I think when people say "heart" they are actually meaning "confidence." Some people, like Gibby and Michael Jordan, thrive when the chips are down, because they have the confidence that they will succeed in those situations. Others, who may be very good players in non-pressure situations, simply choke. It's not because they don't have "heart" -- it's a lack of confidence.

If you put a few of these people on the same team...well, you have the 2005 Detroit Tigers.

That's not to say this team has not won a few games via the walk-off homer, or that the Tiger players always choke under pressure. Of course they don't.

But this team does seem to have a problem with getting above .500. It's happened so many times, I think it's to the point where the players are thinking about it in the back of their minds, and it's affecting their performance.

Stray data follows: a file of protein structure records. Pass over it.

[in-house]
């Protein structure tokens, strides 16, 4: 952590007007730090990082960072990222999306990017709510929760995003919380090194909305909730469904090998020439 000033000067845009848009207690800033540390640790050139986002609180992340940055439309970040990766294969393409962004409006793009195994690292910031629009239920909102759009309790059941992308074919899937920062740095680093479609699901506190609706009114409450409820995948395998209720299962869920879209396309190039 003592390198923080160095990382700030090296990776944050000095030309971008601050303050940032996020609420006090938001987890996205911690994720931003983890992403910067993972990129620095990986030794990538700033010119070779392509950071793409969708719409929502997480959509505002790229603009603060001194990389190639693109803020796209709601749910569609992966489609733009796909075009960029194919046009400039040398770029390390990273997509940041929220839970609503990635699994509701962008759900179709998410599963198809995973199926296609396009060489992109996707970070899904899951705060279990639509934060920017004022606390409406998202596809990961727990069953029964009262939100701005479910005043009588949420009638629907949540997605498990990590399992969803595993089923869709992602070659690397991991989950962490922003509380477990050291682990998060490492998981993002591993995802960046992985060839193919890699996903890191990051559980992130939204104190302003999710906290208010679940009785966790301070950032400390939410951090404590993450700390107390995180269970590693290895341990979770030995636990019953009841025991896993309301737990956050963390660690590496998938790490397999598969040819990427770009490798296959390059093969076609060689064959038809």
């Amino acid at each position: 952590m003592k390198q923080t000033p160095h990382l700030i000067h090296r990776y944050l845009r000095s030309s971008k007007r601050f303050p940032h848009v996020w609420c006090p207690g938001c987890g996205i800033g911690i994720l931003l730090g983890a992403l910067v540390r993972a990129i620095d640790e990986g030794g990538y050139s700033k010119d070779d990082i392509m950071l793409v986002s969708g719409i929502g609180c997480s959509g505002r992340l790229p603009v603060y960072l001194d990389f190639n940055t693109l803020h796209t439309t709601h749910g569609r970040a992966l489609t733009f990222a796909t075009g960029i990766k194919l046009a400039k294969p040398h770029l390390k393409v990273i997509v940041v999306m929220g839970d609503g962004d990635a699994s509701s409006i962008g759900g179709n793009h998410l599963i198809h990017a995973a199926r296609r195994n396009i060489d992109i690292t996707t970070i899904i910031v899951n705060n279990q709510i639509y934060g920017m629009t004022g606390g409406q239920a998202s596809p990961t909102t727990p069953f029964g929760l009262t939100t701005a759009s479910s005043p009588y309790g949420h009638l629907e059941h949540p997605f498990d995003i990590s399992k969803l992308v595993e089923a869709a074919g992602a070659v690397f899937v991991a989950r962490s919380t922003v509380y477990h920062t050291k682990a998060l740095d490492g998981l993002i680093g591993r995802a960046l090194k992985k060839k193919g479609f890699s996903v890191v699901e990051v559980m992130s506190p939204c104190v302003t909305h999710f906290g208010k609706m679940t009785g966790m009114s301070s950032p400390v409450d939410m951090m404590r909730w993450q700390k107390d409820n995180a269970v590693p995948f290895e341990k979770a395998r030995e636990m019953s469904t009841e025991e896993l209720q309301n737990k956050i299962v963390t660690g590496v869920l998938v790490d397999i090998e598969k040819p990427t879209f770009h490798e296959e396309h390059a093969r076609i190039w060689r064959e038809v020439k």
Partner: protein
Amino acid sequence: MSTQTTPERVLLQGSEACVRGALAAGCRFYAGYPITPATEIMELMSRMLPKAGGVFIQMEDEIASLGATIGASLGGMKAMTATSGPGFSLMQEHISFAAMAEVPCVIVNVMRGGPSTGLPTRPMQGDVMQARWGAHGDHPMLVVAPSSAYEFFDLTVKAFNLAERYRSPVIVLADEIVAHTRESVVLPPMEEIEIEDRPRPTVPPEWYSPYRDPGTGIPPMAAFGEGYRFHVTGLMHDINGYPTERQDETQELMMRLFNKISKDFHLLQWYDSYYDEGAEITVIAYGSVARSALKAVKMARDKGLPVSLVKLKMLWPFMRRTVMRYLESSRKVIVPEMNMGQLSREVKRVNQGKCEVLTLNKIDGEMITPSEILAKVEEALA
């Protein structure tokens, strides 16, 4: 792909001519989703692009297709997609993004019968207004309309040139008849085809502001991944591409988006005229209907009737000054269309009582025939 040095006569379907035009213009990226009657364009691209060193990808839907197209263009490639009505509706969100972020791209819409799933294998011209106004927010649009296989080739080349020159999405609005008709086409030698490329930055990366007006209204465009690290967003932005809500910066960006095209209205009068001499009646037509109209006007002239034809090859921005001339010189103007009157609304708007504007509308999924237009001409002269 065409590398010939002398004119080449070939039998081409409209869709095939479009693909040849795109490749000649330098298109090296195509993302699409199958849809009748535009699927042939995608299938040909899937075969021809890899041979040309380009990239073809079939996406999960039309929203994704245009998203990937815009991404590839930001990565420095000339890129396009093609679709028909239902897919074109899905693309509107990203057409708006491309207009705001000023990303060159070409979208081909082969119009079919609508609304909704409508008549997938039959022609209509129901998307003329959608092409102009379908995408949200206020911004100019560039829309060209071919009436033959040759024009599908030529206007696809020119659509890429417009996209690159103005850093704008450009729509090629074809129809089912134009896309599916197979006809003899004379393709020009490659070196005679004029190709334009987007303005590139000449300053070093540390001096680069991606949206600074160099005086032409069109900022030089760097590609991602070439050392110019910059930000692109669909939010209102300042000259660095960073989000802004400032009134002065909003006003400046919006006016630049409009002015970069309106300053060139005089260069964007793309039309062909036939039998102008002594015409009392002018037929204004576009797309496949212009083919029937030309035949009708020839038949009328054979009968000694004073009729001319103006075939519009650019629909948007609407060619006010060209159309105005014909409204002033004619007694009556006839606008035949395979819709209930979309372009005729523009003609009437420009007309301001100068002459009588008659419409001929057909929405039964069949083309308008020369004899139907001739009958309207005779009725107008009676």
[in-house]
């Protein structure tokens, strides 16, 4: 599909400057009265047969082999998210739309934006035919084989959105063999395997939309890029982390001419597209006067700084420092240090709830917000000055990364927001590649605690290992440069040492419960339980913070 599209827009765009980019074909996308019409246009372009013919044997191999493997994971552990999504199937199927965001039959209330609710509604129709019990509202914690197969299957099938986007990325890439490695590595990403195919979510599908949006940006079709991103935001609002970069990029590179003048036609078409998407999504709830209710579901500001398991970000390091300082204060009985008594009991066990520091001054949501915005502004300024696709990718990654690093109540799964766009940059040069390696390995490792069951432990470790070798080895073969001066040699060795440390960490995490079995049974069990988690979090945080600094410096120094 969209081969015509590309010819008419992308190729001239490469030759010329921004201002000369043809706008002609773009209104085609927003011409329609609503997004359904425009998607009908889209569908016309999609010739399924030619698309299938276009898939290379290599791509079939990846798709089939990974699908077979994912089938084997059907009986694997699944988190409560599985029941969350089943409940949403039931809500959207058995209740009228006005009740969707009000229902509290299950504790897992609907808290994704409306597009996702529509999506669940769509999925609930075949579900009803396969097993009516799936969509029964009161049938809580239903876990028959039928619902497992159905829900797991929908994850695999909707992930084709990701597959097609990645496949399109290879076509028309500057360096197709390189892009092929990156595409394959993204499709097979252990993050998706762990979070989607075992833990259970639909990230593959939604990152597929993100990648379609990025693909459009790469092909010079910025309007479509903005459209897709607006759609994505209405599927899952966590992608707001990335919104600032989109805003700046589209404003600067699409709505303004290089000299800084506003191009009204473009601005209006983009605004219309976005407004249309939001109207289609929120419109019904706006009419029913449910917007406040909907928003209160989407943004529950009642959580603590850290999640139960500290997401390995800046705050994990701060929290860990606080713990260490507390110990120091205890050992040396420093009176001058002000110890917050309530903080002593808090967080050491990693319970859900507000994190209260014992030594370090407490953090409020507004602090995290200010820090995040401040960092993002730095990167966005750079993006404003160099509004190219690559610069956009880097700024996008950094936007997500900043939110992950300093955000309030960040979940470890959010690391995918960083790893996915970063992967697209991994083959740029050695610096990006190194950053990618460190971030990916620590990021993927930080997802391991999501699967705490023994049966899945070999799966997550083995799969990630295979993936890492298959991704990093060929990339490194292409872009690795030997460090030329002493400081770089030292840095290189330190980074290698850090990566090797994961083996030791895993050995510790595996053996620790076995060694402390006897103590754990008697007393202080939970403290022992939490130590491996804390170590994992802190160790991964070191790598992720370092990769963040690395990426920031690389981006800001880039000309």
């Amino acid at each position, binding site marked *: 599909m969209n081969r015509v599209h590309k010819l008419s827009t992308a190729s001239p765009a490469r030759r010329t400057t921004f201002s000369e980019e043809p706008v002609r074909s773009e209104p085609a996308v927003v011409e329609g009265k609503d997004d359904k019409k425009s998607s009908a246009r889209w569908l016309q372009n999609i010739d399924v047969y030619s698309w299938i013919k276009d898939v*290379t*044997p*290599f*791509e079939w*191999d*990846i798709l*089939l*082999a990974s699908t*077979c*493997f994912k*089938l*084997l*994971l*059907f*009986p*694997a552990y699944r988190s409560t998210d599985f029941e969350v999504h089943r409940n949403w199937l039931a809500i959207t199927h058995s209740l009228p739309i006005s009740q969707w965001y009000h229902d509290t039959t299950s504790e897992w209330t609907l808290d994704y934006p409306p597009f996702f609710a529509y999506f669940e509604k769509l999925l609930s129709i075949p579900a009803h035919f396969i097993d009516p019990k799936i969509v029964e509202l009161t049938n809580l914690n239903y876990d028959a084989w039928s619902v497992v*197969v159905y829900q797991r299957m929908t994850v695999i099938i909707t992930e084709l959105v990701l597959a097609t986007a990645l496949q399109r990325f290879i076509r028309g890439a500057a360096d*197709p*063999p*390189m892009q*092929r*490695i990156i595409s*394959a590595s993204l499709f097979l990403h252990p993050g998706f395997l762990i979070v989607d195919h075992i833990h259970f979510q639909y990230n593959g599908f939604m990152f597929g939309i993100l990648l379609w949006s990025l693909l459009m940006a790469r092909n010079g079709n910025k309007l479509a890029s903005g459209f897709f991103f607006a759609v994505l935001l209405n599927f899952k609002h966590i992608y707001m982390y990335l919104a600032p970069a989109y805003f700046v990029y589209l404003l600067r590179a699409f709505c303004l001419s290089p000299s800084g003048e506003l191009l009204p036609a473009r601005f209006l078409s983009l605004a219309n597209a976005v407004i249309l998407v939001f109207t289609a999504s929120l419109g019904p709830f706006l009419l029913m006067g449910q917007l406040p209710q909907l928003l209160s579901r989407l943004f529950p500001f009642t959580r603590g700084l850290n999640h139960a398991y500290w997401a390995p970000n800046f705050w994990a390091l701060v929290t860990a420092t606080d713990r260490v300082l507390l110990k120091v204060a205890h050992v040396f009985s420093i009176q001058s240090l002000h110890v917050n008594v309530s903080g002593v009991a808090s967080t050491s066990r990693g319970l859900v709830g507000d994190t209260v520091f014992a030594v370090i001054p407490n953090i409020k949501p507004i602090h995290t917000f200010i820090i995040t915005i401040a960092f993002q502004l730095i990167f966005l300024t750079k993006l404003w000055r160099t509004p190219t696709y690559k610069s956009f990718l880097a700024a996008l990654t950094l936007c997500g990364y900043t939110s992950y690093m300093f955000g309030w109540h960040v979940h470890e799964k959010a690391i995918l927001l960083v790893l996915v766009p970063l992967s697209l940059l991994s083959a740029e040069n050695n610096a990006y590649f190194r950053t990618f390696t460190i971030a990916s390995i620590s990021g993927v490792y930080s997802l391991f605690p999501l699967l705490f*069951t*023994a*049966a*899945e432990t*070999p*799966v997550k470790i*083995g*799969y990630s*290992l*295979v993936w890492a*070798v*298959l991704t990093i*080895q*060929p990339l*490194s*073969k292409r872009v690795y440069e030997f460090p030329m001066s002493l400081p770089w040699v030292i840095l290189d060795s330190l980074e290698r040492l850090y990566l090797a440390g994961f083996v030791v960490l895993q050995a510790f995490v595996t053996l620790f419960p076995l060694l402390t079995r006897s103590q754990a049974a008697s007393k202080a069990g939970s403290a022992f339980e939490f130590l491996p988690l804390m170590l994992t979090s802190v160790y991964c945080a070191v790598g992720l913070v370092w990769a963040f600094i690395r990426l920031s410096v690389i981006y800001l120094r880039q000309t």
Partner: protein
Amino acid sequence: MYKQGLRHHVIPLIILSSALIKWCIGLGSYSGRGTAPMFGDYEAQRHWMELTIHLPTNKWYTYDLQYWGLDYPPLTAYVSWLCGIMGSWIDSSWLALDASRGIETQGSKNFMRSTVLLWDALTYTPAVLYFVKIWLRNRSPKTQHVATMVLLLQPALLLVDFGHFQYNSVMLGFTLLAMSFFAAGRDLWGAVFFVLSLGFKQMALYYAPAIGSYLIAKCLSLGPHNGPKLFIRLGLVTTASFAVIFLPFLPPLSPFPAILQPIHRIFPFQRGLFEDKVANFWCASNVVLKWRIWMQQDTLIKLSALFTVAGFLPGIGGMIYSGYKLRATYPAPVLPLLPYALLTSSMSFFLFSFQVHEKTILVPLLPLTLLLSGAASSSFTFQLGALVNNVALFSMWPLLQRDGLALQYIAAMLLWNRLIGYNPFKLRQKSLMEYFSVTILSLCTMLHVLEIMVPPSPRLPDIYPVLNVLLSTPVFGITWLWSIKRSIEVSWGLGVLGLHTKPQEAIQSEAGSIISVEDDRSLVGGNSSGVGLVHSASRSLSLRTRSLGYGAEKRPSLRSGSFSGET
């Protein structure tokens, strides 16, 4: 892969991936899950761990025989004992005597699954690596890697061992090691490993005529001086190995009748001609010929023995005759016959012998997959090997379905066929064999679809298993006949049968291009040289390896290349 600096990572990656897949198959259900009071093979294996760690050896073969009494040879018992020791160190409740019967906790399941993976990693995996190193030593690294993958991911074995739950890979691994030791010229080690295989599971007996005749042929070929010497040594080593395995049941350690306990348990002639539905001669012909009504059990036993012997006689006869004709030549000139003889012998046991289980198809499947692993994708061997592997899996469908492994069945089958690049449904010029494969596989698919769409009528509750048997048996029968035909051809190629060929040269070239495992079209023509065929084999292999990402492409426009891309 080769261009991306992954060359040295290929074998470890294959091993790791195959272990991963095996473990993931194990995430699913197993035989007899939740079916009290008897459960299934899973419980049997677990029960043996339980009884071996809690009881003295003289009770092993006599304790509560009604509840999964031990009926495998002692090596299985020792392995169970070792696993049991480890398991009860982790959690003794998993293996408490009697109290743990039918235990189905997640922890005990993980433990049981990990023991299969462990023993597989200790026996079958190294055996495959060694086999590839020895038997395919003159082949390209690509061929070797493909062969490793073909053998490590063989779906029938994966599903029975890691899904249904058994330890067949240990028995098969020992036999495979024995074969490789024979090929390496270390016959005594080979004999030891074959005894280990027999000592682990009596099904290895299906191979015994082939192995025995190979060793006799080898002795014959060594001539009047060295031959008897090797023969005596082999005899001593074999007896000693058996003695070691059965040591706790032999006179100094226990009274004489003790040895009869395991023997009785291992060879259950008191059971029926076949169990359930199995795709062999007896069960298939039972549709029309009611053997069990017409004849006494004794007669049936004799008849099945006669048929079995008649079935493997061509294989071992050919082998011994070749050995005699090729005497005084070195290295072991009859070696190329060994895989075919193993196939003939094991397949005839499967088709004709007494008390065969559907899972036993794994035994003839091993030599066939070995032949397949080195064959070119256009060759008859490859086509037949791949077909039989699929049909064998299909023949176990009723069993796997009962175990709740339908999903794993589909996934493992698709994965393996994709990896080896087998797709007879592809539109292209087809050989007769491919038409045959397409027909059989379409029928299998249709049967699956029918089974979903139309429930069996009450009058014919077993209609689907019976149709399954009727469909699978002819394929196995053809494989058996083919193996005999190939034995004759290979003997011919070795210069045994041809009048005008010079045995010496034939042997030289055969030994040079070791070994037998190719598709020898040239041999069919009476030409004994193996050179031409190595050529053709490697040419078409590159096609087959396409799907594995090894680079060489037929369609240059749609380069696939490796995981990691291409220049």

Why do some people believe this can't happen? Ask the players whether or not their mindset plays a part in their performance. . Talk to Gibby. Or, more feasible, read his book. It's all about mind vs. baseball.

Teams underperform and play above their heads all the time. I think the White Sox are doing the latter this season. It's just part of baseball.

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They've been one of the best teams since the All-Star break. I don't think any intangibles changed at the time. However, around that time all of the talent became healthy.